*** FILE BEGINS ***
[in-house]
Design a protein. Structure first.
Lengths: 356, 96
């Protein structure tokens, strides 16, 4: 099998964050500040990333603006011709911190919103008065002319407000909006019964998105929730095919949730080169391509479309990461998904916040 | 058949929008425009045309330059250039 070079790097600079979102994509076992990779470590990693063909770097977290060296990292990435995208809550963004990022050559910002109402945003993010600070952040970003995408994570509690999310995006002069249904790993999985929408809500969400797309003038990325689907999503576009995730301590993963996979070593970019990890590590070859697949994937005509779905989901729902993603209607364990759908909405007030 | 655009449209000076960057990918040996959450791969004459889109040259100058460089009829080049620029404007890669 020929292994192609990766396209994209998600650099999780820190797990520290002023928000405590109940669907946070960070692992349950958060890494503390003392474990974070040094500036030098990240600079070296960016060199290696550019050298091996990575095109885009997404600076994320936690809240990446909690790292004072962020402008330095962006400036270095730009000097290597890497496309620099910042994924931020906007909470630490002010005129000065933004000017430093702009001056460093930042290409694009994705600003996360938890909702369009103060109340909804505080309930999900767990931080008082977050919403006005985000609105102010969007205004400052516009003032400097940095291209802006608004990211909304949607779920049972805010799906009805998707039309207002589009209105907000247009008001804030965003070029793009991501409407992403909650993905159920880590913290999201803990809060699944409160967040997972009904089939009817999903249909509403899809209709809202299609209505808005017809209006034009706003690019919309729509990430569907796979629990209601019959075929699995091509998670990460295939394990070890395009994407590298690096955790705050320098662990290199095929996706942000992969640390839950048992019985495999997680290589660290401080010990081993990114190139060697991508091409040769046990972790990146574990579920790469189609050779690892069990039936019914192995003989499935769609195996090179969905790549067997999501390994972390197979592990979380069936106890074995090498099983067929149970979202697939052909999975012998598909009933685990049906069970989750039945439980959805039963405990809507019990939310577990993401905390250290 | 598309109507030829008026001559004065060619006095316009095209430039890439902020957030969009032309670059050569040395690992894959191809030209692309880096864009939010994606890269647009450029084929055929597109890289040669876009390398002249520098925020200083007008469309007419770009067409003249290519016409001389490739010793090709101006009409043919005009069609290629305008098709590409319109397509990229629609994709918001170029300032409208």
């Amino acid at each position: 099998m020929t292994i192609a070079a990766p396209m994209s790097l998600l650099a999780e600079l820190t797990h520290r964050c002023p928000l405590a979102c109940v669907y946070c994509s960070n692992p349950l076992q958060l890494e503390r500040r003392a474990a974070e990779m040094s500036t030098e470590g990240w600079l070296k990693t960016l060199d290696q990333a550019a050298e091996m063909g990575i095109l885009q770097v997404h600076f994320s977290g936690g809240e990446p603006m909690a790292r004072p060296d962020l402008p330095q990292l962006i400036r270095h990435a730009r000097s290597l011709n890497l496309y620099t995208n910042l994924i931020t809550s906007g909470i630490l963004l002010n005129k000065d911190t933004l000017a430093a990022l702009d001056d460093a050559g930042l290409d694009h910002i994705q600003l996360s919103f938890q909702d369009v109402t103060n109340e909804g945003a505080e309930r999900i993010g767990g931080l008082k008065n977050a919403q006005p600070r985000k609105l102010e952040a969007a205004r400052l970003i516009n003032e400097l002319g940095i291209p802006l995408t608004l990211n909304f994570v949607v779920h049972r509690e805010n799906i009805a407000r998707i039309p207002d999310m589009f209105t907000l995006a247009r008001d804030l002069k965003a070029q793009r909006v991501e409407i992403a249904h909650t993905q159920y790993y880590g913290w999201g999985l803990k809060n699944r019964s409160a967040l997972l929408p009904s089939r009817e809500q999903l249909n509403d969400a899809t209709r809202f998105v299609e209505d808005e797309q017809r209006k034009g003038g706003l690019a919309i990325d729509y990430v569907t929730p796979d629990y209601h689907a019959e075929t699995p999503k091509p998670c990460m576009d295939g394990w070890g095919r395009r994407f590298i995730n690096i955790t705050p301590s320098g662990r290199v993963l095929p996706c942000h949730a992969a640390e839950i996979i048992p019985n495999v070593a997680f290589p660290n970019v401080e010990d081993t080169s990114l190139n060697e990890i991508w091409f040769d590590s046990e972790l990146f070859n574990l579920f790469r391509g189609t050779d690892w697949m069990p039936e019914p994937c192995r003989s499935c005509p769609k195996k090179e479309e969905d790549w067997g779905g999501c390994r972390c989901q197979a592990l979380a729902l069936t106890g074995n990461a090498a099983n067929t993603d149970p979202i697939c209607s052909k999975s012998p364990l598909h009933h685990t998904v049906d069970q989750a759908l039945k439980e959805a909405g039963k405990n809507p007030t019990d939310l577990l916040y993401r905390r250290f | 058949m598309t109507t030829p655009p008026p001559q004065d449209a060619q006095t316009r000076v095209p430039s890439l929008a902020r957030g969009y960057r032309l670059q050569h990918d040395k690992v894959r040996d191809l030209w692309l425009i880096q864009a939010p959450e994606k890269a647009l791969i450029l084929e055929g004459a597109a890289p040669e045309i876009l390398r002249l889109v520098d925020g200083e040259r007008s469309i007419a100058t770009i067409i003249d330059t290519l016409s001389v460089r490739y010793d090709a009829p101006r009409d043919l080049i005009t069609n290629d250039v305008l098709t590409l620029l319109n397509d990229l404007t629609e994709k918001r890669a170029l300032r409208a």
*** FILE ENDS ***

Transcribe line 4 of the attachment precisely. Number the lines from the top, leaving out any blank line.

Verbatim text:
């Protein structure tokens, strides 16, 4: 099998964050500040990333603006011709911190919103008065002319407000909006019964998105929730095919949730080169391509479309990461998904916040 | 058949929008425009045309330059250039 070079790097600079979102994509076992990779470590990693063909770097977290060296990292990435995208809550963004990022050559910002109402945003993010600070952040970003995408994570509690999310995006002069249904790993999985929408809500969400797309003038990325689907999503576009995730301590993963996979070593970019990890590590070859697949994937005509779905989901729902993603209607364990759908909405007030 | 655009449209000076960057990918040996959450791969004459889109040259100058460089009829080049620029404007890669 020929292994192609990766396209994209998600650099999780820190797990520290002023928000405590109940669907946070960070692992349950958060890494503390003392474990974070040094500036030098990240600079070296960016060199290696550019050298091996990575095109885009997404600076994320936690809240990446909690790292004072962020402008330095962006400036270095730009000097290597890497496309620099910042994924931020906007909470630490002010005129000065933004000017430093702009001056460093930042290409694009994705600003996360938890909702369009103060109340909804505080309930999900767990931080008082977050919403006005985000609105102010969007205004400052516009003032400097940095291209802006608004990211909304949607779920049972805010799906009805998707039309207002589009209105907000247009008001804030965003070029793009991501409407992403909650993905159920880590913290999201803990809060699944409160967040997972009904089939009817999903249909509403899809209709809202299609209505808005017809209006034009706003690019919309729509990430569907796979629990209601019959075929699995091509998670990460295939394990070890395009994407590298690096955790705050320098662990290199095929996706942000992969640390839950048992019985495999997680290589660290401080010990081993990114190139060697991508091409040769046990972790990146574990579920790469189609050779690892069990039936019914192995003989499935769609195996090179969905790549067997999501390994972390197979592990979380069936106890074995090498099983067929149970979202697939052909999975012998598909009933685990049906069970989750039945439980959805039963405990809507019990939310577990993401905390250290 | 598309109507030829008026001559004065060619006095316009095209430039890439902020957030969009032309670059050569040395690992894959191809030209692309880096864009939010994606890269647009450029084929055929597109890289040669876009390398002249520098925020200083007008469309007419770009067409003249290519016409001389490739010793090709101006009409043919005009069609290629305008098709590409319109397509990229629609994709918001170029300032409208």